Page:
What if Brexit leads to the breakup of the United Kingdom?

A separate Scotland and a unified Ireland would certainly face new challenges. But life might be easier for the English

What if Brexit leads to the breakup of the United Kingdom?If Brexit happens and has the unintended consequence of facilitating Scottish independence and Irish unification (picking up where last week’s column left off), what would that mean for various groups? For Scottish unionists, leaving the United Kingdom would certainly be a major psychological wrench. Unlike, say, the former states of Yugoslavia and Czechoslovakia – both…

Brexit’s endgame finally beckons

If Boris Johnson is to get his agreement passed, he needs to change parliament. The Dec. 12 general election provides the opportunity

Brexit’s endgame finally beckonsMy Aug. 1 column noted the significance of Boris Johnson becoming United Kingdom prime minister. Given his key cabinet and staff appointments, he was clearly going to force Brexit resolution in a way that his predecessor, Theresa May, was either unable or unwilling to do. This shouldn’t have been a surprise. Both May and her…

Brexit triggers the beginning of the end of EU

Brexit will liberate Great Britain from the shackles of the European Union and provide an example for other countries to follow

Brexit triggers the beginning of the end of EUThree years ago, almost 52 per cent of electors voted in a referendum to pull Great Britain from the European Union. It was the first major, painful defeat for the German-controlled EU’s banks and multinationals. However, Great Britain has still not left the European Union, even though the exit was scheduled to take place on…

Slow economic growth is the new normal

Unnaturally high growth rates were driven by post-war reconstruction, the baby boom and rising female labour force participation

Slow economic growth is the new normalThe single biggest determinant of long-term economic well-being is the rate of economic growth, but our expectations for modern growth may be misplaced. The industrial era, since the early 19th century, has seen powerful economic growth and unprecedented increases in living standards. Growth rates reached their peak in the postwar economic boom from 1945 to…

Public school monopoly is a disservice to education

A modern, diverse system that meets the needs of a pluralistic society can deliver education in different ways

Public school monopoly is a disservice to educationThe Liberals are making support for public education a litmus test in the federal election campaign. The Liberals aren’t satisfied that Conservative Leader Andrew Scheer has dropped the promised he made during the Tory leadership race in 2017 to provide tax credits to parents for costs of non-government-provided education. Various Liberals have spoken out. Katie…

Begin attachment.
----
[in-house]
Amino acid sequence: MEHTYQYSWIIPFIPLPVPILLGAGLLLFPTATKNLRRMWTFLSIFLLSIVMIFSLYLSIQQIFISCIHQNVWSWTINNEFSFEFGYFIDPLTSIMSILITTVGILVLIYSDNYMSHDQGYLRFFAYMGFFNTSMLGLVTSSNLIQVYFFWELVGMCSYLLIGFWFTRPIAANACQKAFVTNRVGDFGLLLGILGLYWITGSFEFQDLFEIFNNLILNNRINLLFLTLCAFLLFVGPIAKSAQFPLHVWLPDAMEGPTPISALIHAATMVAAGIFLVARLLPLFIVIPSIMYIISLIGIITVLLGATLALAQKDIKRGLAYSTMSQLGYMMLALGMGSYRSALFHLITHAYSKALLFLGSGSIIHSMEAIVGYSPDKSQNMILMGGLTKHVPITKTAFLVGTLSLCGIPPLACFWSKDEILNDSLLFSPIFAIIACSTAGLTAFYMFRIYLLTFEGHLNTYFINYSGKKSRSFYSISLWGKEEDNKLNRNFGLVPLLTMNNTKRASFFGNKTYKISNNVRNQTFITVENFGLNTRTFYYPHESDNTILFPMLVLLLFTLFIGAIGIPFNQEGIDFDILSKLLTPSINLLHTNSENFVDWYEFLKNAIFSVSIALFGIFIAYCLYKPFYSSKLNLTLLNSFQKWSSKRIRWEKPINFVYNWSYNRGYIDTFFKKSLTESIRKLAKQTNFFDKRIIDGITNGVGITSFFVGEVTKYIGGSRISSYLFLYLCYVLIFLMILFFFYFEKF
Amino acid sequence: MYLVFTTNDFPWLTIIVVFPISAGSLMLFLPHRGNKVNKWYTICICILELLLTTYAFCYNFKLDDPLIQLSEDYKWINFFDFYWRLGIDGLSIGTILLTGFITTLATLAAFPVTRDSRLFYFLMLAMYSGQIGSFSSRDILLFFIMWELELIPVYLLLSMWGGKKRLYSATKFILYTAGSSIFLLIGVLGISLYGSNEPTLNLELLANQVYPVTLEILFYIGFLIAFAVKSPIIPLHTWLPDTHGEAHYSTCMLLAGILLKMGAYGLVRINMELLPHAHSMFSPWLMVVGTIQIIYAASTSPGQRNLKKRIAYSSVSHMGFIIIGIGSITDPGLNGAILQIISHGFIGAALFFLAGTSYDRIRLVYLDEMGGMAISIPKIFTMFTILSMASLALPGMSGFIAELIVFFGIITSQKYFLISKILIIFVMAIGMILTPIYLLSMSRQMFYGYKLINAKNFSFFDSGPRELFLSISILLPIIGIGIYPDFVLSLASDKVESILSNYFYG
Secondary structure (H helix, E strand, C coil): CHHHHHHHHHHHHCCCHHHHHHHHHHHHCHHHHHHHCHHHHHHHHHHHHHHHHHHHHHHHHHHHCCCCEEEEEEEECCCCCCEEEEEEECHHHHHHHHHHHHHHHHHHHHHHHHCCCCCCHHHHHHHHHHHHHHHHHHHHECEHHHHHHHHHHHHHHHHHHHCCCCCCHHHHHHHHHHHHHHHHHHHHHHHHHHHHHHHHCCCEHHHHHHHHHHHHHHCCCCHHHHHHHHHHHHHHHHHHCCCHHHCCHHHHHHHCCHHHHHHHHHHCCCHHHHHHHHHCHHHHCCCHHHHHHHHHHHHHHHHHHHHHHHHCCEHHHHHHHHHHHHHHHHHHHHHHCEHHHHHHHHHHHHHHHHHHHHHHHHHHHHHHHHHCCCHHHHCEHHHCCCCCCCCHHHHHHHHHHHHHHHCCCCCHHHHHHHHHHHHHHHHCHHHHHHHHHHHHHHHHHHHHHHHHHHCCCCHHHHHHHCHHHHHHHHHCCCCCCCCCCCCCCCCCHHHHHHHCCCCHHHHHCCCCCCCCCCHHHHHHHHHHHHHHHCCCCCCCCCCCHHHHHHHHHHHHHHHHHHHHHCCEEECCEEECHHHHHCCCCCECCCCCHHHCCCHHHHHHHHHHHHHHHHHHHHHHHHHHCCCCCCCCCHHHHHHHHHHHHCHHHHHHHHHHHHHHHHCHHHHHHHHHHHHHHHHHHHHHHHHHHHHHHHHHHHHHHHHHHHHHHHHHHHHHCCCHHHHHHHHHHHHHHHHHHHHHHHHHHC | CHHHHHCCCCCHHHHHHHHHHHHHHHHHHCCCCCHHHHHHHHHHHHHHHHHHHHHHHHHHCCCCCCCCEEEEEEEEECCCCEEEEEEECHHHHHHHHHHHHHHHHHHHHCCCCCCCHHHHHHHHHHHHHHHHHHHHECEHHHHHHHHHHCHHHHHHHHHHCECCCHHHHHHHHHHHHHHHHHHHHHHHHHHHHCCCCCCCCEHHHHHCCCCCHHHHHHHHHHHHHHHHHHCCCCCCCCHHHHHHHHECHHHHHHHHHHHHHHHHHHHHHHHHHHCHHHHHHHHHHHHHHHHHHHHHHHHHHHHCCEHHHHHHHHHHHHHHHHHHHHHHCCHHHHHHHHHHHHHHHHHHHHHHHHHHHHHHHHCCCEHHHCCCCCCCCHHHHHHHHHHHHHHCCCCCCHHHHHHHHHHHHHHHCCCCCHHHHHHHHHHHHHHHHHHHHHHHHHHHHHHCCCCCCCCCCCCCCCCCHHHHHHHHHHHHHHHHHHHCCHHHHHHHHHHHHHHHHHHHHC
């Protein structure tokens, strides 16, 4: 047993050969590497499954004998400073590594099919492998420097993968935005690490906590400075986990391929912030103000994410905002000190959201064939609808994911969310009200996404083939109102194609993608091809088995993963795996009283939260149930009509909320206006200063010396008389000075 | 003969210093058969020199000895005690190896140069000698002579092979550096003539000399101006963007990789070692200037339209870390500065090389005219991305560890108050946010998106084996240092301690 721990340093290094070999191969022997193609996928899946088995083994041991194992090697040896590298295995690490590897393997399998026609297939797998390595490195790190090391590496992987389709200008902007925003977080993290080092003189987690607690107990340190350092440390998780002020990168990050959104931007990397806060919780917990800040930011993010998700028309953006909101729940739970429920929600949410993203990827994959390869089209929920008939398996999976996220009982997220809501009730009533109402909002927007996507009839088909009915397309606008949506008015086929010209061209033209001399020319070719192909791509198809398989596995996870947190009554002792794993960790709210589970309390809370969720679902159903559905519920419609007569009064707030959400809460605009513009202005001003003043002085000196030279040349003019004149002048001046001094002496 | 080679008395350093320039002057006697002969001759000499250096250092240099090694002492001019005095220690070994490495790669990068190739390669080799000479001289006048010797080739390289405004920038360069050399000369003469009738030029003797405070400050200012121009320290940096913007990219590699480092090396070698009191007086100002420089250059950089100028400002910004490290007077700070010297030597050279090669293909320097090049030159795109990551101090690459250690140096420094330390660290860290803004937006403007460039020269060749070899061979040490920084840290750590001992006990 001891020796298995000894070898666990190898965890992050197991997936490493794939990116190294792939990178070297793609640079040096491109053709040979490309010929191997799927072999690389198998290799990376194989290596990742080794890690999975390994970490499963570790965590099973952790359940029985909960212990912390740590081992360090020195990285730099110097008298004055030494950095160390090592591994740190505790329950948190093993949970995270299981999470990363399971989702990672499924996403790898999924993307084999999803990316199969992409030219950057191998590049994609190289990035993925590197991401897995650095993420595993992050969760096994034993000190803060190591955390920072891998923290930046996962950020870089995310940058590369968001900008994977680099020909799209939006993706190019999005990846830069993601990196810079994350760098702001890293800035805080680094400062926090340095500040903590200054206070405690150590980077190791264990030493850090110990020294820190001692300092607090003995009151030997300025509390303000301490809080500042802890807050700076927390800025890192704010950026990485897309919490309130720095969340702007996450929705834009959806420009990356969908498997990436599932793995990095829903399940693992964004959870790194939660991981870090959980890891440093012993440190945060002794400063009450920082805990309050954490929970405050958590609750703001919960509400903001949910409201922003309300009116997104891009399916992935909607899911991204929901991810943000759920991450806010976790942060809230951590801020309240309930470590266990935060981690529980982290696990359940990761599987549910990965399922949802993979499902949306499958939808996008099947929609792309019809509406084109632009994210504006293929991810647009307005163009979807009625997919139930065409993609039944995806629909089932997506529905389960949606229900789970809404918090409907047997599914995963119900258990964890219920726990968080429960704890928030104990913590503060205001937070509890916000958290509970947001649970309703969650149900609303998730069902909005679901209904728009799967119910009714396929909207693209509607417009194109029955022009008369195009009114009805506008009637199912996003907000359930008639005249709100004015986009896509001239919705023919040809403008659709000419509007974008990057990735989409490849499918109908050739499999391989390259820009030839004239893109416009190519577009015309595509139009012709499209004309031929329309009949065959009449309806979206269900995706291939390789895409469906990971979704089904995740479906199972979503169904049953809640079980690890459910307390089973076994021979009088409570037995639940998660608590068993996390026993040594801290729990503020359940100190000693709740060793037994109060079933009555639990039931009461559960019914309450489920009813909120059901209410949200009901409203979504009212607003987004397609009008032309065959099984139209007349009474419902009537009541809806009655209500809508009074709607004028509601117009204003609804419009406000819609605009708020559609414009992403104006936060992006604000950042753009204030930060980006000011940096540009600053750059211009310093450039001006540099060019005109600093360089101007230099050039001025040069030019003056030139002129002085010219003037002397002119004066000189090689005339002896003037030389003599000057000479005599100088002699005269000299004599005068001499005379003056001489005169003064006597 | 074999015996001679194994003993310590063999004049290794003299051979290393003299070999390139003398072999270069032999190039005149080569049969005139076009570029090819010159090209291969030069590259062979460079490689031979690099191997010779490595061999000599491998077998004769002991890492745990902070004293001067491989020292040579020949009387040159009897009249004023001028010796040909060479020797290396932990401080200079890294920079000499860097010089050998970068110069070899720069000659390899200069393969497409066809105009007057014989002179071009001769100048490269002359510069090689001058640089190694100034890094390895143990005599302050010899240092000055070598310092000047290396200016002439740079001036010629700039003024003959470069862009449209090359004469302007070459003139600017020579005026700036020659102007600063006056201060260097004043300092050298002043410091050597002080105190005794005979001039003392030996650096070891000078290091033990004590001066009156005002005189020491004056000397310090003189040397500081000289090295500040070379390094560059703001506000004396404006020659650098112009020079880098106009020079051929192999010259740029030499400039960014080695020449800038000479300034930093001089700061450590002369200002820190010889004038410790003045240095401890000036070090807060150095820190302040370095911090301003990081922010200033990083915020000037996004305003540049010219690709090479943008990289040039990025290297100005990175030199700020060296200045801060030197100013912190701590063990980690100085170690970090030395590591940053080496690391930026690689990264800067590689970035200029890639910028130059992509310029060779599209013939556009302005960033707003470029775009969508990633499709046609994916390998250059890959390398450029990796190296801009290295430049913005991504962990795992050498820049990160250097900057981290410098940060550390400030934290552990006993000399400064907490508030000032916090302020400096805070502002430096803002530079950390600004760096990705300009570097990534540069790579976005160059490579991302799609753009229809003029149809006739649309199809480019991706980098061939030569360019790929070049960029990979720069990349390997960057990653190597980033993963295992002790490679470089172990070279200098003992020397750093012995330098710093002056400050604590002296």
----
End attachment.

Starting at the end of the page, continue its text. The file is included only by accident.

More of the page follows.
A political party that ignores its base jeopardizes its future

Examples can be found around the world – including in Canada – and the scenario is being played out again in the U.K.

A political party that ignores its base jeopardizes its futureRunning for the United Kingdom Conservative leadership, Boris Johnson claims that his party faces “extinction” if it fails to deliver Brexit. Political rhetoric being what it is, this could be dismissed as self-interested hyperbole. But while Johnson may exaggerate, the threat he envisages isn’t conjured out of thin air. There’s ample evidence that many habitual…

The nationalist revival versus the globalist perspective

The ties that bind aren’t what they used to be – at least for some of us. For others, they are increasingly intense

The nationalist revival versus the globalist perspectiveI’m old enough to remember when nationalism was viewed as a good thing. And I’m not just referring to my Irish childhood. In the Canada of 40 to 50 years ago, many high-profile progressives self-described as nationalists. People like former finance minister Walter Gordon, journalist Peter C. Newman and the luminaries gathered around the Committee…

Why Canadians should embrace the yellow jacket movement

Some Canadians and French believe that their ‘leaders’ are mere followers of a supra-national agenda, not champions for their electorate

Why Canadians should embrace the yellow jacket movement“Canadians do not need to be liberated,” said Canadian Prime Minister Lester B. Pearson half a century ago, after French President Charles De Gaulle lit the fuse for Quebec independence with his famous “Vive la Quebec libre!” speech. But neither of their current counterparts are standing for national freedom, let alone calling for it. President…

Brexit drama has historical echoes

The battle over Brexit isn’t the equivalent of the Second World War, but the outcome is shaping up to be a disaster on its own terms

Brexit drama has historical echoesFor sheer drama – or maybe that should be melodrama – Brexit’s unfolding twists and turns are hard to beat. If you’d scripted a fictional narrative along these lines, you’d be liable to criticism for one flight of fancy too many. British Prime Minister Theresa May’s last-minute decision to postpone a parliamentary vote on her…

Antiquated privacy laws fail to protect Canadians

Government must update legislation in a way that addresses today's technology and prepares for future changes. And political parties can't be exempt

Antiquated privacy laws fail to protect CanadiansBy Sen. Art Eggleton and Sen. Raymonde Saint-Germain For QUOI Media Group Canadians are concerned about the protection of their private data, according to a 2016 Survey of Canadians on Privacy undertaken by the privacy commissioner of Canada. A reported 90 per cent of Canadians expressed some level of concern about data privacy and 74 per cent…
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